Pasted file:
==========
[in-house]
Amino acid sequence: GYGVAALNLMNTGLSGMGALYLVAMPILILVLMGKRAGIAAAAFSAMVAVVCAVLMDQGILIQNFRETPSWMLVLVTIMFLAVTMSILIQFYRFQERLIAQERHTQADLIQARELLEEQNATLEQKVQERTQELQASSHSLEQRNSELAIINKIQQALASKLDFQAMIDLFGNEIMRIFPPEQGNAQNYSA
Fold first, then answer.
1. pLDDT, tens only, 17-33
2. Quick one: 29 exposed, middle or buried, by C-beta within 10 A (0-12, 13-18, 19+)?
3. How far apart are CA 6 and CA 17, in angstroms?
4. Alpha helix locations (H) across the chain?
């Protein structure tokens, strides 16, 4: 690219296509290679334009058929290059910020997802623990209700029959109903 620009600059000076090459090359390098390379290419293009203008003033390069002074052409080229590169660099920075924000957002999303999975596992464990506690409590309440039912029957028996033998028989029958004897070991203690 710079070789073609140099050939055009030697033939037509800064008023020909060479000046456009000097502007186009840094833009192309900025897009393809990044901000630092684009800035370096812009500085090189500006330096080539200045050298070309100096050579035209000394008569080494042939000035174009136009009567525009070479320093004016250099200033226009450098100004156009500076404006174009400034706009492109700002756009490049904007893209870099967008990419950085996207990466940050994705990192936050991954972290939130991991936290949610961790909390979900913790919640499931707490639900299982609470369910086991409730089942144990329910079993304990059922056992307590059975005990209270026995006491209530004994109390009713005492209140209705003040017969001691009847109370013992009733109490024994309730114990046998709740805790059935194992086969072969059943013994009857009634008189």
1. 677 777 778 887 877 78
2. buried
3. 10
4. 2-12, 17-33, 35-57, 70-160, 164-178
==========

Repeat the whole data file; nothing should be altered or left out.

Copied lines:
[in-house]
Amino acid sequence: GYGVAALNLMNTGLSGMGALYLVAMPILILVLMGKRAGIAAAAFSAMVAVVCAVLMDQGILIQNFRETPSWMLVLVTIMFLAVTMSILIQFYRFQERLIAQERHTQADLIQARELLEEQNATLEQKVQERTQELQASSHSLEQRNSELAIINKIQQALASKLDFQAMIDLFGNEIMRIFPPEQGNAQNYSA
Fold first, then answer.
1. pLDDT, tens only, 17-33
2. Quick one: 29 exposed, middle or buried, by C-beta within 10 A (0-12, 13-18, 19+)?
3. How far apart are CA 6 and CA 17, in angstroms?
4. Alpha helix locations (H) across the chain?
């Protein structure tokens, strides 16, 4: 690219296509290679334009058929290059910020997802623990209700029959109903 620009600059000076090459090359390098390379290419293009203008003033390069002074052409080229590169660099920075924000957002999303999975596992464990506690409590309440039912029957028996033998028989029958004897070991203690 710079070789073609140099050939055009030697033939037509800064008023020909060479000046456009000097502007186009840094833009192309900025897009393809990044901000630092684009800035370096812009500085090189500006330096080539200045050298070309100096050579035209000394008569080494042939000035174009136009009567525009070479320093004016250099200033226009450098100004156009500076404006174009400034706009492109700002756009490049904007893209870099967008990419950085996207990466940050994705990192936050991954972290939130991991936290949610961790909390979900913790919640499931707490639900299982609470369910086991409730089942144990329910079993304990059922056992307590059975005990209270026995006491209530004994109390009713005492209140209705003040017969001691009847109370013992009733109490024994309730114990046998709740805790059935194992086969072969059943013994009857009634008189």
1. 677 777 778 887 877 78
2. buried
3. 10
4. 2-12, 17-33, 35-57, 70-160, 164-178